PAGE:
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Old 11-25-2020, 08:52 PM   #21
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In addition to doing everything peggy talks about. I do not have dripless stuffing boxes, so I have to treat my bilge water consistantly or the dead microorganisms smell. I built two soap dispensers with time clocks set to release soap once a day into the bilge. I have simple green in one and diluted bleach and water in the other.

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Old 11-25-2020, 09:21 PM   #22
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I guess I should have been a bit clearer in what I wrote. We didn't have bad odors on the boat, more stale air. The air fresheners changed the stale air to a clean smelling air.

And as far as being toxic--we have used those the entire 10 years we owned the boat. After sweeping out the dead bodies when we came on board we didn't notice any ill odors.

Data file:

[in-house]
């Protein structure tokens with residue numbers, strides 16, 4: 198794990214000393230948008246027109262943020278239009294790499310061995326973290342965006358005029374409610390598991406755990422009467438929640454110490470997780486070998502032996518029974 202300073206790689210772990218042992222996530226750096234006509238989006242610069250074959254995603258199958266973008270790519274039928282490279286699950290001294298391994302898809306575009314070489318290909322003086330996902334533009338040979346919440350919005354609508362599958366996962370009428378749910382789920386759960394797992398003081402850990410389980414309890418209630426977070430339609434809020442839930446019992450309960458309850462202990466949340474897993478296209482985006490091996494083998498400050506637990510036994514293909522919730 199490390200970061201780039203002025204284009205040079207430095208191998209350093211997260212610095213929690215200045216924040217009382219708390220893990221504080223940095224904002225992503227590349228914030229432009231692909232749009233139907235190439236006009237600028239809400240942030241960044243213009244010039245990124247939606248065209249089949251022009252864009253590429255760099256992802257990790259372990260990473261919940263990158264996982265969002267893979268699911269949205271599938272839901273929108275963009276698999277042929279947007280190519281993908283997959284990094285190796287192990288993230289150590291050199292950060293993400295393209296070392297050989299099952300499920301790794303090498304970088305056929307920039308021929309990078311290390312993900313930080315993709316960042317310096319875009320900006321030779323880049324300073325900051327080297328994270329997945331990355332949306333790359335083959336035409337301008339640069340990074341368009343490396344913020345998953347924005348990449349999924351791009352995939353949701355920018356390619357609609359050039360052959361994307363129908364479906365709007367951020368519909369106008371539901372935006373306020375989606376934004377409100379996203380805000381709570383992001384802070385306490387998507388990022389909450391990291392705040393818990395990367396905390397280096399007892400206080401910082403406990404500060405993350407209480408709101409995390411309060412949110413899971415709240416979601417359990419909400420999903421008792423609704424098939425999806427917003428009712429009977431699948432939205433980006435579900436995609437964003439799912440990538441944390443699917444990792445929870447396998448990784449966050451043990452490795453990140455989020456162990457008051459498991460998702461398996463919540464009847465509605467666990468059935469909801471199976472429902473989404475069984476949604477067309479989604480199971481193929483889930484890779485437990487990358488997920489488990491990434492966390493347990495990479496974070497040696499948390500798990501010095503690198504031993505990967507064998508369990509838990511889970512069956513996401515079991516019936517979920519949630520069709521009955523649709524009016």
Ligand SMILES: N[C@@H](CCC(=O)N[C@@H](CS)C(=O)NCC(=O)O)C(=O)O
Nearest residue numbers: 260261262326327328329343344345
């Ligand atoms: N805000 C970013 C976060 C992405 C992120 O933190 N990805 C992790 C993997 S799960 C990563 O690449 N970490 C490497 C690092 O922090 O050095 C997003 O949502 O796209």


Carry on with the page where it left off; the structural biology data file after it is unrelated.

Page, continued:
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Old 11-25-2020, 09:25 PM   #23
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So you have a device that leaves you with a bilge full of soapy water for the bilge pumps to dispose of. Would you just add detergent and bleach to water in your kitchen sink, pull the plug and expect to have a clean sink without rinsing? So WHY would you expect to do essentially the same thing and expect to have a clean bilge????? Of course not! Ya gotta rinse out--THOROUGHLY rinse out--all the soapy water out of your bilges on a regular basis. And stop using bleach...it's corrosive and damaging to rubber....It has no place anywhere on a boat!



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Old 11-25-2020, 09:29 PM   #24
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"Stale" air has to have a source, prob'ly more than one. Air fresheners are just masking it. Find and eliminate the source(s), find a way to create a means of circulating fresh air, and you won't need them.

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Old 11-25-2020, 09:34 PM   #25